This article highlights the clinical and diagnostic features of inclusion body myositis (IBM) and provides recent insights into the pathomechanisms and therapeutic strategies of the disease.
IBM is an often-misdiagnosed myopathy subtype. Due to the insidious onset and slow progression of muscle weakness, it can often be dismissed as a sign of aging as it commonly presents in older adults. While challenging to recognize upon initial clinical evaluation, the recent recognition of specialized stains highlighting features seen on muscle pathology, the use of diagnostic tools such as the anti-cytosolic 5’-nucleotidase 1A antibody biomarker, and the ability of muscle imaging to detect patterns of preferential muscle involvement seen in IBM has allowed for earlier diagnosis of the disease than was previously possible. While the pathogenesis of IBM has historically been poorly understood, several ongoing studies point toward mechanisms of autophagy and highly differentiated cytotoxic T cells that are postulated to be pathogenic in IBM.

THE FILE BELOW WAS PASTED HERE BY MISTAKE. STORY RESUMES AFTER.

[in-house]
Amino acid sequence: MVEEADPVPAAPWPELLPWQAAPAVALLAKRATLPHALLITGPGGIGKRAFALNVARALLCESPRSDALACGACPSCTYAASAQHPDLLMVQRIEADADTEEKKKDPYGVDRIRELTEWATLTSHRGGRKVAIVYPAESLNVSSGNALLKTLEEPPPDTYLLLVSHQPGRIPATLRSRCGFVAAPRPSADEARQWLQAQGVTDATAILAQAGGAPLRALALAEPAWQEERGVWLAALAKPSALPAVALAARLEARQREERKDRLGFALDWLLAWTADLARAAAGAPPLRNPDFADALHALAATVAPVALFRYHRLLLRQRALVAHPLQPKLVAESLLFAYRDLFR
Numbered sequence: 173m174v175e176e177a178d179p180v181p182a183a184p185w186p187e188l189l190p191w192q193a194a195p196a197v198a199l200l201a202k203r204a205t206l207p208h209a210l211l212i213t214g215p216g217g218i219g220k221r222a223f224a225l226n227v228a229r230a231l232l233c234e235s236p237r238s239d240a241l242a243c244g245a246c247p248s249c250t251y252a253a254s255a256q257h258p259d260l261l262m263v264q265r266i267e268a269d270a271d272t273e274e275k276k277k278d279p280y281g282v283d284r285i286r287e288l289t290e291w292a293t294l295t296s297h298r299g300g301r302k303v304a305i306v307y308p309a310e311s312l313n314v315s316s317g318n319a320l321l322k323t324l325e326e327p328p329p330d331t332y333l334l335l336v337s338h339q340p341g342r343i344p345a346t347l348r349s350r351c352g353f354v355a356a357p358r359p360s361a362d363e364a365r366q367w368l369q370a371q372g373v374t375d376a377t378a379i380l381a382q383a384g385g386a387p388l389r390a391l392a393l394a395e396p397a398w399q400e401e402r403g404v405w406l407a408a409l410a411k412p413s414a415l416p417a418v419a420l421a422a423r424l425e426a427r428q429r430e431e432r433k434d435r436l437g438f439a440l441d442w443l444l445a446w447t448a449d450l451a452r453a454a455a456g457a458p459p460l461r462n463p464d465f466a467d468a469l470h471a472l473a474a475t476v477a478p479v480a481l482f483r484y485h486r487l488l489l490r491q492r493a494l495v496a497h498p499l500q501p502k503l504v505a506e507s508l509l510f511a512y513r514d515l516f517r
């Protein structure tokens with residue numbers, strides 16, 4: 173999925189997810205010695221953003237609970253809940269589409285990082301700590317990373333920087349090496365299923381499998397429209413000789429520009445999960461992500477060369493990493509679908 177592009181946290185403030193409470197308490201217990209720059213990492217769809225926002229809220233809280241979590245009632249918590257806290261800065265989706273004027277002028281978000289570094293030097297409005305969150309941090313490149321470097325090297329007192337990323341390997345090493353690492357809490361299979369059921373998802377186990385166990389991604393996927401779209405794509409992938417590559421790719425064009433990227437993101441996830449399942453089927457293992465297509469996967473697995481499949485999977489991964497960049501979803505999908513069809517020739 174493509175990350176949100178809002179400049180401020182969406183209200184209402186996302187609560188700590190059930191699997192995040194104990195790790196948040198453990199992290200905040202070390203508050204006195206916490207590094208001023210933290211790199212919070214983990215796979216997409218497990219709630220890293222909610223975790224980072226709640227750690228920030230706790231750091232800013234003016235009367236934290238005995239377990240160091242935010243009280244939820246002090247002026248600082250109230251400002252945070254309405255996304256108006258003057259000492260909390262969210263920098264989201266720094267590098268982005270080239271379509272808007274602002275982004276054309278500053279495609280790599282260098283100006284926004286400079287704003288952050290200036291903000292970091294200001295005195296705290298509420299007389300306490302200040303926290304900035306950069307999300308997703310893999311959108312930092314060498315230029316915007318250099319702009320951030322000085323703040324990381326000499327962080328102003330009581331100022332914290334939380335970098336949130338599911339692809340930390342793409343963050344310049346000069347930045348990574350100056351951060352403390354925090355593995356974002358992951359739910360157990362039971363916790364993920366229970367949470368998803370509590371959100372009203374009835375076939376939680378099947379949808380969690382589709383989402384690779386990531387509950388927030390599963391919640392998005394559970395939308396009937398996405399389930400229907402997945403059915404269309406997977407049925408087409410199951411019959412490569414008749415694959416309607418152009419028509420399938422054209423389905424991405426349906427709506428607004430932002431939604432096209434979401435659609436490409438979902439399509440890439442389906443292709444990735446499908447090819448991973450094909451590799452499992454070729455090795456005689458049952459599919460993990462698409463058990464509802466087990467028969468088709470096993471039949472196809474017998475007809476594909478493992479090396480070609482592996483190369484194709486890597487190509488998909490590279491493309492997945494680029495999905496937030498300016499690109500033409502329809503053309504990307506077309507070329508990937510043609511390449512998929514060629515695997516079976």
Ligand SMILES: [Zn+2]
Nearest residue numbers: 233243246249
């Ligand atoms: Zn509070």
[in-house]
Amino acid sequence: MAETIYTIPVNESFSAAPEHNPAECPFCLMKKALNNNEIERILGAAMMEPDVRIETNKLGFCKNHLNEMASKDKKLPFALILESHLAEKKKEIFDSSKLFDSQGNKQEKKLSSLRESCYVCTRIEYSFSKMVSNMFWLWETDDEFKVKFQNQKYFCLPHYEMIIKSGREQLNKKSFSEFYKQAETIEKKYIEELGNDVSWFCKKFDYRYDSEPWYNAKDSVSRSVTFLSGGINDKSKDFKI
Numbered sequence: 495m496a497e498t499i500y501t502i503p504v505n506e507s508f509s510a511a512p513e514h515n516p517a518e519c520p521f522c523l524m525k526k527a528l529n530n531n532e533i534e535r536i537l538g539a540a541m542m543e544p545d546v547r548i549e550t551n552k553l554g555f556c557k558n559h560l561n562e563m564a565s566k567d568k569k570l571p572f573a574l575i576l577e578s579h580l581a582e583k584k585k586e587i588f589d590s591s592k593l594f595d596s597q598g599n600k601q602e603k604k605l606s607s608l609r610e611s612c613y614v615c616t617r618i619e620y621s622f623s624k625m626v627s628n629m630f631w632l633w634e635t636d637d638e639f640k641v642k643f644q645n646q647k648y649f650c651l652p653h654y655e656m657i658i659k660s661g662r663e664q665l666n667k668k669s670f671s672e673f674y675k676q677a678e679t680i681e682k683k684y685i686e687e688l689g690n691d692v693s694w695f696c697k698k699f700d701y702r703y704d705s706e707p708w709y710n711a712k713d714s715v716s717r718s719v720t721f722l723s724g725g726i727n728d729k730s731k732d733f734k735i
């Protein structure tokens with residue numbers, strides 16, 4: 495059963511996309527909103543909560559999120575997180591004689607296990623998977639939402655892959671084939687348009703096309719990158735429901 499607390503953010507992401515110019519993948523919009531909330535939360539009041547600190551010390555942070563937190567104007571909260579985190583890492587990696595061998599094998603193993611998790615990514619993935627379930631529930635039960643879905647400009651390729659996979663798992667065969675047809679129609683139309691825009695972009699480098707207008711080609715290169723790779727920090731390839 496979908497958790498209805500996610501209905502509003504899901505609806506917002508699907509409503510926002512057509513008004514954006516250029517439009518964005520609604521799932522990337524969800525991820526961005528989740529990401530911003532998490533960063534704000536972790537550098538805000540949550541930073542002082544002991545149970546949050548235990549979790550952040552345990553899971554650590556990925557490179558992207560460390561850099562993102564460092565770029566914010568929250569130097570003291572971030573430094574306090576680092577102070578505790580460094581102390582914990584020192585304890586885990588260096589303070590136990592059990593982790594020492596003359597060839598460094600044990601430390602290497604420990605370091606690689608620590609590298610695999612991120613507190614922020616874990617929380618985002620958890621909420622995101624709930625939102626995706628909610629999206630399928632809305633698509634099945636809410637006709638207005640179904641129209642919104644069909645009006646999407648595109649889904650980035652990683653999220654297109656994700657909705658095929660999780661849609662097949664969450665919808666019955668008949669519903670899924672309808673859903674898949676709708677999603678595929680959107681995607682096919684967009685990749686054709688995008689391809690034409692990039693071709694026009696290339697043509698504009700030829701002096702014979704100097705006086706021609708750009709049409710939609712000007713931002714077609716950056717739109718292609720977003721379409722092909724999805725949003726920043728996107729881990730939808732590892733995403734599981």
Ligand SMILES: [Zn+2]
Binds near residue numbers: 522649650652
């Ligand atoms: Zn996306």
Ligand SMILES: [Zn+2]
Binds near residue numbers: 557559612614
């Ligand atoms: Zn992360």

Overall advancements in our understanding of IBM have resulted in improvements in the management of the disease and are the foundation of several strategies for current and upcoming novel therapeutic drug trials in IBM.